Five of our number in the passage died,
Which soon was thrown into the ocean wide.

And after sailing seven weeks or more,
We at Virginia all were set on shore,
Wher to refresh us we were washed clean,
That to our buyers we might better seem.

Our things they gave to each they did belong
And they that had clean linen put it on.
They shaved our faces, comb’d our wigs and hair,
That we in decent order might appear

Against the planters did come down to view
How well they lik’d this fresh transported crew.
The women from us separated stood,
As well as us by them for to be viewed.

Meanwhile, Eliza Paris had an illegimate son named Joshua Paris. He was baptized at St. George’s Parish, Baltimore County, Maryland on the 16th of May 1740. She was indicted for bastardy in August 1740 but not brought to trial. No further record has been found of Joshua.

Captain Loney’s voyage with John Cisti would be his last voyage with felons. He worked for contractor Jonathan Forward. Captain Loney retired to Hatton Garden in London before being detected by his former employer in the artful concealment of accounts for the sales of convicts. In Chancery Court in 1743 Captain Loney was also accused of switching the marks on hogsheads of tobacco so that he received the good quality leaf consigned to Forward, and his master the inferior kind. Forward estimated that he had been swindled out of £1,400 by Loney’s frauds and by his unpleasant habit of collecting his master’s debts and applying them to his own uses.

The Maryland Gazette included the following -

Annapolis, August 28, 1751
The Philadelphia Post Rider hereby gives Notice, that he is to be spoke with every Fortnight, during the Remainder of the Summer Season, from Wednesday Noon, to Thursday Noon, at the House of Mrs. Jennings, or at the post- Office in Annapolis, where any Gentleman or others, who have any Commands, may depend on being faithfully served by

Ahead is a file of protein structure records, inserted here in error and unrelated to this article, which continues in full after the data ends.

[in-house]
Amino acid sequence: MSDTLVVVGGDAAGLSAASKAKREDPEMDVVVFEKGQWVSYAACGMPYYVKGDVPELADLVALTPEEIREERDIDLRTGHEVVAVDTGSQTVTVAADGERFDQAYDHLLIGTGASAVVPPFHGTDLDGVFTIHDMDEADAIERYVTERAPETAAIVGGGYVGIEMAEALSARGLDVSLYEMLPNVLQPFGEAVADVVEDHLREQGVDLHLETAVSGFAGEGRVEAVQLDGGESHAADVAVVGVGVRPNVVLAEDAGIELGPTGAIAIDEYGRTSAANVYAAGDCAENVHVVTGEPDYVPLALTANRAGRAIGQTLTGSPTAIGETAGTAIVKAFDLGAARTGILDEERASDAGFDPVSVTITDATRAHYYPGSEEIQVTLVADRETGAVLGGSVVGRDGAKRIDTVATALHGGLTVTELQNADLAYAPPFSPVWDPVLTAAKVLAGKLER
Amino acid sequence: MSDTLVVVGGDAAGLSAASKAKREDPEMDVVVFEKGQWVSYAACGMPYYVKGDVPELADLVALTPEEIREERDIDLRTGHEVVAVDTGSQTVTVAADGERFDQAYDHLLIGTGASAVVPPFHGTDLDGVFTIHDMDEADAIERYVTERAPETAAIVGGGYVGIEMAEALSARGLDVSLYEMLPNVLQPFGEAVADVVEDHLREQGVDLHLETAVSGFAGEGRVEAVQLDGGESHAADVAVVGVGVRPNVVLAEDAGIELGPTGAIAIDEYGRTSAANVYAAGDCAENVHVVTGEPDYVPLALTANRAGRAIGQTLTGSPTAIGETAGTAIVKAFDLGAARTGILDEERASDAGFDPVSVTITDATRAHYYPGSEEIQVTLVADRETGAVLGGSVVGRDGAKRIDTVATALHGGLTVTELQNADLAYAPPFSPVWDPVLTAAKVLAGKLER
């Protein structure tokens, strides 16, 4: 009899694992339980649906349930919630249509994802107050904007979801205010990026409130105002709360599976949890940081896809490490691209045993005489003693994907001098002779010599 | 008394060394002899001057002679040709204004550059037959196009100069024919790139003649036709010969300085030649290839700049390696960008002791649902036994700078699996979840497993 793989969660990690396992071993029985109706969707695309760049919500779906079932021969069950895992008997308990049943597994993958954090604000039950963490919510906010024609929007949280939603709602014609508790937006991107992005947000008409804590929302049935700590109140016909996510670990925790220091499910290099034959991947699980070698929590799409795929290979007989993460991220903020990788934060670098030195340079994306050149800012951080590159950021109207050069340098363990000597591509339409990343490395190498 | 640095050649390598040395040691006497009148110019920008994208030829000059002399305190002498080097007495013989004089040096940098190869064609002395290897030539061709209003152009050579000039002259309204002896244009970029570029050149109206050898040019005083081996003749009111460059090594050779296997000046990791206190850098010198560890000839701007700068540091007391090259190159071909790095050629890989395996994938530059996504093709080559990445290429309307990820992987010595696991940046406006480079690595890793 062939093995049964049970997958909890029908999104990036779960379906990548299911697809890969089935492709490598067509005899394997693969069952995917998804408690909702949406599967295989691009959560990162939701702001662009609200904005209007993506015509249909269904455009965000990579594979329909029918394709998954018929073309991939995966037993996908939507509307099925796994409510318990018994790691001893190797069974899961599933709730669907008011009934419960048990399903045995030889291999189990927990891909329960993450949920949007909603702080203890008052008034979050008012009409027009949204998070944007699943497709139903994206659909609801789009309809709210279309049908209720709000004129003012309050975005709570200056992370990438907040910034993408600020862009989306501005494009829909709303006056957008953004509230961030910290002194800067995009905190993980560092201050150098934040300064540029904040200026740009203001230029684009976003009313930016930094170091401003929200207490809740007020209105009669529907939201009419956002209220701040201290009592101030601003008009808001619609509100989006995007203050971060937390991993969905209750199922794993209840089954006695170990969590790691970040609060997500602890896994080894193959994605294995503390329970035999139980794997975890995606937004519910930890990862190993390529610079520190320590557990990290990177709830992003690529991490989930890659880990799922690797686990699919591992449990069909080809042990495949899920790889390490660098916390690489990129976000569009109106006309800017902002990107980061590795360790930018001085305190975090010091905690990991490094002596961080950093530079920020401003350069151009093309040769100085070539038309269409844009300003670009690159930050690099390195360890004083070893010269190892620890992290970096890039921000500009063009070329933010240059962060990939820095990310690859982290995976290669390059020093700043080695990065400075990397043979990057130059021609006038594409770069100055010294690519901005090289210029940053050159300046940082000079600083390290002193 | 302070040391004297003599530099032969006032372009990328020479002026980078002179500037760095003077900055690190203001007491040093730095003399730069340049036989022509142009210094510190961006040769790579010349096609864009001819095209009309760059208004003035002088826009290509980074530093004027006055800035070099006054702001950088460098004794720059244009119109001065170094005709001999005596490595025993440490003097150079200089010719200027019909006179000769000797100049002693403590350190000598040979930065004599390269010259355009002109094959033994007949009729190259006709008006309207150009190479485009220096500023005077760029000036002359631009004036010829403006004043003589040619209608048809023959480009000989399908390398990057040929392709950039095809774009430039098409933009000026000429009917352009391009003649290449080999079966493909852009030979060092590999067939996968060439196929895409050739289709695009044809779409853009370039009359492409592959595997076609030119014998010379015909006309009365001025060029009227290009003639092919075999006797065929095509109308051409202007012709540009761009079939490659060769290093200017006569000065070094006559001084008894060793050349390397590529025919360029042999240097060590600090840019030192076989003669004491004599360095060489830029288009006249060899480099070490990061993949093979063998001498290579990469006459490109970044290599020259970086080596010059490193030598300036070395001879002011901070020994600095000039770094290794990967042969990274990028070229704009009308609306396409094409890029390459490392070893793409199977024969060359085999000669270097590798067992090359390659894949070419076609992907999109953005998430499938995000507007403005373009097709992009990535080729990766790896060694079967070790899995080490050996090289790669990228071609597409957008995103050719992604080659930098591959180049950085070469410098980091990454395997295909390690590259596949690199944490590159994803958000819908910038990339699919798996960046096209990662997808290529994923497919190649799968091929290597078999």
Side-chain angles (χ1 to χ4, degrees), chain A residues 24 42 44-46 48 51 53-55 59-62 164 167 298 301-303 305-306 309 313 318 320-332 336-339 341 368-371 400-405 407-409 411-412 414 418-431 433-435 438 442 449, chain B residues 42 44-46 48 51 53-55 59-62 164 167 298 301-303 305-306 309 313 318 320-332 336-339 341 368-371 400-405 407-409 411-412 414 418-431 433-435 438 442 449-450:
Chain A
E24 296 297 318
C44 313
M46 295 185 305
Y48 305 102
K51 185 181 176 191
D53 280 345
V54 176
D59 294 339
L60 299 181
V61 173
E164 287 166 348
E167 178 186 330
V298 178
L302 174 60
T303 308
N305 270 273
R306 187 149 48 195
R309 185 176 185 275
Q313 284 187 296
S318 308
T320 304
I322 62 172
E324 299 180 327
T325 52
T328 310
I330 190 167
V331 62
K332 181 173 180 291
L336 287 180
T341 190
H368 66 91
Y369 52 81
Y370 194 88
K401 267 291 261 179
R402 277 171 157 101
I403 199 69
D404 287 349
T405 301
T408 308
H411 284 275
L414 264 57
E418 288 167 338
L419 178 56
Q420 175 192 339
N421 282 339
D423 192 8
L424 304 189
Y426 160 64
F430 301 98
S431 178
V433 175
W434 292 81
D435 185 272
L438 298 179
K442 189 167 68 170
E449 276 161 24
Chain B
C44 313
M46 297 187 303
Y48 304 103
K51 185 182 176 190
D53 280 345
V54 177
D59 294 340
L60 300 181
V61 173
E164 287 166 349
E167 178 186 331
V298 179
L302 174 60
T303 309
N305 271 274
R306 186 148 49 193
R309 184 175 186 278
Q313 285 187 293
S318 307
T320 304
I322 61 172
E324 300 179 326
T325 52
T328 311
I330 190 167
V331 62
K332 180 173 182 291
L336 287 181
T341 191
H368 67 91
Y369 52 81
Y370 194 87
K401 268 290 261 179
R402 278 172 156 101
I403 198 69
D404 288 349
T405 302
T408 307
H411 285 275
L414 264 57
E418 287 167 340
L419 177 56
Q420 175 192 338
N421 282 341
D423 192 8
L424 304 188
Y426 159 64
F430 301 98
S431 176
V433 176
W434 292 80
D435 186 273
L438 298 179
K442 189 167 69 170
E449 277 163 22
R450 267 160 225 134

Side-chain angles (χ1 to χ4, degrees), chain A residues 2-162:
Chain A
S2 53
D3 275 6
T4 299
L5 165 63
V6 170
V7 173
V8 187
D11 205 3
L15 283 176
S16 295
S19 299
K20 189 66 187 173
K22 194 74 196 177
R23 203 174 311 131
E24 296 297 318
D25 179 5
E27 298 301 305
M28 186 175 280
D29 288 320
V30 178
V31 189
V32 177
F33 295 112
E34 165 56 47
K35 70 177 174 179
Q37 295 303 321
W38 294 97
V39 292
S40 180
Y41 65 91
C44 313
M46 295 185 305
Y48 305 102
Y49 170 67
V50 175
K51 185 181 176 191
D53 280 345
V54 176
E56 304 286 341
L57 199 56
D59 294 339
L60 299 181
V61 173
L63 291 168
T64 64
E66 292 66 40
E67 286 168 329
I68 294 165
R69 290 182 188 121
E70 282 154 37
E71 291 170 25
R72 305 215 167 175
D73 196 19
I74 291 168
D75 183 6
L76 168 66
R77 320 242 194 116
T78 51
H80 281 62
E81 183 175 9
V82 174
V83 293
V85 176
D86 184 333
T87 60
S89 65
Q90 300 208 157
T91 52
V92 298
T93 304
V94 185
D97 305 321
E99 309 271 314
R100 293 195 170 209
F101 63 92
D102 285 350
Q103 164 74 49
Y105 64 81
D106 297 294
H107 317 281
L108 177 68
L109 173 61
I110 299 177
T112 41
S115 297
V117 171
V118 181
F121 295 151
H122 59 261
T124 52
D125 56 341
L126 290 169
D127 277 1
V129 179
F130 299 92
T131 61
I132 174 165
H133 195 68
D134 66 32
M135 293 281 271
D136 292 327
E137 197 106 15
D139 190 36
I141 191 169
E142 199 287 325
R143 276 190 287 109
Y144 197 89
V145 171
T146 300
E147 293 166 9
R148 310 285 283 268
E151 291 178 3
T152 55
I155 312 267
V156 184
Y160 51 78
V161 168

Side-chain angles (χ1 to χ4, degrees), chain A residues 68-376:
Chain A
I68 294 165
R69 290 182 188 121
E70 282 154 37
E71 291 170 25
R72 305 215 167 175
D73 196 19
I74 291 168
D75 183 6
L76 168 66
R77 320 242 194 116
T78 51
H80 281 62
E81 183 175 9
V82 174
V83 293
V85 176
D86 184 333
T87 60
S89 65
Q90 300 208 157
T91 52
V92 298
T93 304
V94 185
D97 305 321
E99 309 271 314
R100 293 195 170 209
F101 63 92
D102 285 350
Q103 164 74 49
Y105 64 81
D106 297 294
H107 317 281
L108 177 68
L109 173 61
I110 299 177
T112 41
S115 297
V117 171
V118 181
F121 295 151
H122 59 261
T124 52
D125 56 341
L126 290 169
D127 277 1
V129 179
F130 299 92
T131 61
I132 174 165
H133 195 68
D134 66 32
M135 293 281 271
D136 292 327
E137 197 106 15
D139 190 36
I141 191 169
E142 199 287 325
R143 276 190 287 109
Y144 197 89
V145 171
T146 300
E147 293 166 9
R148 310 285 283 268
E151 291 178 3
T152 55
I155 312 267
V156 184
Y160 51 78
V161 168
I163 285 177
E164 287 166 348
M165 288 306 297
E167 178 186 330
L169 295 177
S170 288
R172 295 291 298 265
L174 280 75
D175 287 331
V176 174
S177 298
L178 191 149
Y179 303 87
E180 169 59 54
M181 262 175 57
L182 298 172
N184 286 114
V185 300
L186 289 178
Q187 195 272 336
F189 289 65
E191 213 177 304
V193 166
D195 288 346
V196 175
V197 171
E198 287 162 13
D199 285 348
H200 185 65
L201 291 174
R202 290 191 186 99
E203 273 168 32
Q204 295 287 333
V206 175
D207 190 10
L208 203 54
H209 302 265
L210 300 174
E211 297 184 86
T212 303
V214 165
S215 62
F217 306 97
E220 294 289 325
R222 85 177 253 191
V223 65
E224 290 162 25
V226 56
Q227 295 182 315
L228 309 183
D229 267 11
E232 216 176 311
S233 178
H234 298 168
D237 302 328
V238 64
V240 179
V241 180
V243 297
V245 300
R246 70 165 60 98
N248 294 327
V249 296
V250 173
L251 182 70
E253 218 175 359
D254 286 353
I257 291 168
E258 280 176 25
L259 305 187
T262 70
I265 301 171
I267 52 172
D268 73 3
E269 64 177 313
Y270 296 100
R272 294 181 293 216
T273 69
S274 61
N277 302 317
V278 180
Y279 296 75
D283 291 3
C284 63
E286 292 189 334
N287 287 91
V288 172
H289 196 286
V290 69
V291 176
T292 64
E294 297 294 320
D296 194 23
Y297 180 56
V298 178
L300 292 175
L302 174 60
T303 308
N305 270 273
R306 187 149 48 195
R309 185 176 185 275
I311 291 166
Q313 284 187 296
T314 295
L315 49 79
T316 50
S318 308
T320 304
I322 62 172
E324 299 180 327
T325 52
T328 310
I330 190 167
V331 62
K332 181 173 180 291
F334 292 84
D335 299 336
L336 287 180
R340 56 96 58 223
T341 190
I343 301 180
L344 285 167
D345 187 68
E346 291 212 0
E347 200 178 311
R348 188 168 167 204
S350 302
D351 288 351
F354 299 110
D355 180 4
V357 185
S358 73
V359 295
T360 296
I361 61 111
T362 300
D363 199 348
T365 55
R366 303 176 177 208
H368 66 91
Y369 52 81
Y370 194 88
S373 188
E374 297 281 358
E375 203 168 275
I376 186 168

Their humble Servant,
John Sisty

The Pennsylvania Gazette of 5 September 1751 included the following -

John Cisti, the Annapolis post-rider, can be spoke with at specified times and places, one being the house of Mr. Claxon, at the Sign of the Three Tuns in Chestnut St.
Benjamin Franklin in 1779

Benjamin Franklin was appointed as one of the two Deputy Postmasters General of the colonies in 1753. He visited nearly all the post offices in the colonies and introduced many improvements into the service. He established new postal routes and shortened others. Postal carriers now could deliver newspapers.

Before Franklin there had been one mail a week in summer between New York and Philadelphia and one a month in winter. The service was increased to three a week in summer and one in winter.

The main post road ran from northern New England to Savannah, closely hugging the seacoast for the greater part of the way. Some of the milestones set by Benjamin Franklin to enable the postmasters to compute the postage, which was fixed according to distance, are still standing. Crossroads connected some of the larger communities away from the seacoast with the main road, but when Benjamin Franklin died, after serving also as Postmaster General of the United States, there were only seventy-five post offices in the entire country.

The Pennsylvania Journal of 31 January 1760 contained this –